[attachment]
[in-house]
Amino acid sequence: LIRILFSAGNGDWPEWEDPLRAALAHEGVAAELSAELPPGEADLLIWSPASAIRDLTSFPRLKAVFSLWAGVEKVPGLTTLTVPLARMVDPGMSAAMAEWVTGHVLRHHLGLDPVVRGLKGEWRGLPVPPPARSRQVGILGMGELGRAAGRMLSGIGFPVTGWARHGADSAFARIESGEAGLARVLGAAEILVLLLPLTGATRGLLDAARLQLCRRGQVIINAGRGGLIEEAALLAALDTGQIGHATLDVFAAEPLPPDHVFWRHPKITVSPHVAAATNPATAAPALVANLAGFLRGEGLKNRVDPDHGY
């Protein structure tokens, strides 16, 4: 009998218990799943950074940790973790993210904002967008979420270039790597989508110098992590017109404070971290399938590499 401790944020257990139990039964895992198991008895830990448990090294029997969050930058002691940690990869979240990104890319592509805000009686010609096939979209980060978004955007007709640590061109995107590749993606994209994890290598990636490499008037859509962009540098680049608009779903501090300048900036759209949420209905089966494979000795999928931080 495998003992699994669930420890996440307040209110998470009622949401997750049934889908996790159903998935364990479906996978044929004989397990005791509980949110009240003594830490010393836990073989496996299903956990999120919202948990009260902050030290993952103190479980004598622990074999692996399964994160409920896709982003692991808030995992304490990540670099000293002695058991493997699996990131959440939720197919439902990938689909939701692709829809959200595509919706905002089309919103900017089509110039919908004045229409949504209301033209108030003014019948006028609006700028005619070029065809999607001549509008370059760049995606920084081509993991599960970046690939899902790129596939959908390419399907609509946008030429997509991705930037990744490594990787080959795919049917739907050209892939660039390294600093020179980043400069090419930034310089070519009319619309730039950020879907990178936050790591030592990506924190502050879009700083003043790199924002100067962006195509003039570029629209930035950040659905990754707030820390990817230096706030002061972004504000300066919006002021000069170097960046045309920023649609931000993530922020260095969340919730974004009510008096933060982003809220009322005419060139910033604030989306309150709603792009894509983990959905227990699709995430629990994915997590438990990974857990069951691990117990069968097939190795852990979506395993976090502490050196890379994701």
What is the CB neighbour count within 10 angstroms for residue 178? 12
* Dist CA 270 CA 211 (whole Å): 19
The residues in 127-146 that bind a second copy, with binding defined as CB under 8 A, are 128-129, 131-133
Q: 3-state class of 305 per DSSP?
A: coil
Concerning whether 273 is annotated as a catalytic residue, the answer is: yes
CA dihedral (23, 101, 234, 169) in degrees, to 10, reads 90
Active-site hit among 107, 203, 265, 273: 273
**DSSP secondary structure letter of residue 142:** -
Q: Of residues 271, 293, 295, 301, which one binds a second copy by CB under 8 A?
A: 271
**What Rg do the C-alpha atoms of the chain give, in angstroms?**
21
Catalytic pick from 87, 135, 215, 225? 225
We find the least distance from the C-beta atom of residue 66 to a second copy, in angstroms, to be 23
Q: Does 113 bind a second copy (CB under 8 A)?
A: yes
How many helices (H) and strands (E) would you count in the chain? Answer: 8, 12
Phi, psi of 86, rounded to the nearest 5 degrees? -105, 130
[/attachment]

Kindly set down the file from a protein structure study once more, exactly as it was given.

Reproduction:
[in-house]
Amino acid sequence: LIRILFSAGNGDWPEWEDPLRAALAHEGVAAELSAELPPGEADLLIWSPASAIRDLTSFPRLKAVFSLWAGVEKVPGLTTLTVPLARMVDPGMSAAMAEWVTGHVLRHHLGLDPVVRGLKGEWRGLPVPPPARSRQVGILGMGELGRAAGRMLSGIGFPVTGWARHGADSAFARIESGEAGLARVLGAAEILVLLLPLTGATRGLLDAARLQLCRRGQVIINAGRGGLIEEAALLAALDTGQIGHATLDVFAAEPLPPDHVFWRHPKITVSPHVAAATNPATAAPALVANLAGFLRGEGLKNRVDPDHGY
């Protein structure tokens, strides 16, 4: 009998218990799943950074940790973790993210904002967008979420270039790597989508110098992590017109404070971290399938590499 401790944020257990139990039964895992198991008895830990448990090294029997969050930058002691940690990869979240990104890319592509805000009686010609096939979209980060978004955007007709640590061109995107590749993606994209994890290598990636490499008037859509962009540098680049608009779903501090300048900036759209949420209905089966494979000795999928931080 495998003992699994669930420890996440307040209110998470009622949401997750049934889908996790159903998935364990479906996978044929004989397990005791509980949110009240003594830490010393836990073989496996299903956990999120919202948990009260902050030290993952103190479980004598622990074999692996399964994160409920896709982003692991808030995992304490990540670099000293002695058991493997699996990131959440939720197919439902990938689909939701692709829809959200595509919706905002089309919103900017089509110039919908004045229409949504209301033209108030003014019948006028609006700028005619070029065809999607001549509008370059760049995606920084081509993991599960970046690939899902790129596939959908390419399907609509946008030429997509991705930037990744490594990787080959795919049917739907050209892939660039390294600093020179980043400069090419930034310089070519009319619309730039950020879907990178936050790591030592990506924190502050879009700083003043790199924002100067962006195509003039570029629209930035950040659905990754707030820390990817230096706030002061972004504000300066919006002021000069170097960046045309920023649609931000993530922020260095969340919730974004009510008096933060982003809220009322005419060139910033604030989306309150709603792009894509983990959905227990699709995430629990994915997590438990990974857990069951691990117990069968097939190795852990979506395993976090502490050196890379994701």
What is the CB neighbour count within 10 angstroms for residue 178? 12
* Dist CA 270 CA 211 (whole Å): 19
The residues in 127-146 that bind a second copy, with binding defined as CB under 8 A, are 128-129, 131-133
Q: 3-state class of 305 per DSSP?
A: coil
Concerning whether 273 is annotated as a catalytic residue, the answer is: yes
CA dihedral (23, 101, 234, 169) in degrees, to 10, reads 90
Active-site hit among 107, 203, 265, 273: 273
**DSSP secondary structure letter of residue 142:** -
Q: Of residues 271, 293, 295, 301, which one binds a second copy by CB under 8 A?
A: 271
**What Rg do the C-alpha atoms of the chain give, in angstroms?**
21
Catalytic pick from 87, 135, 215, 225? 225
We find the least distance from the C-beta atom of residue 66 to a second copy, in angstroms, to be 23
Q: Does 113 bind a second copy (CB under 8 A)?
A: yes
How many helices (H) and strands (E) would you count in the chain? Answer: 8, 12
Phi, psi of 86, rounded to the nearest 5 degrees? -105, 130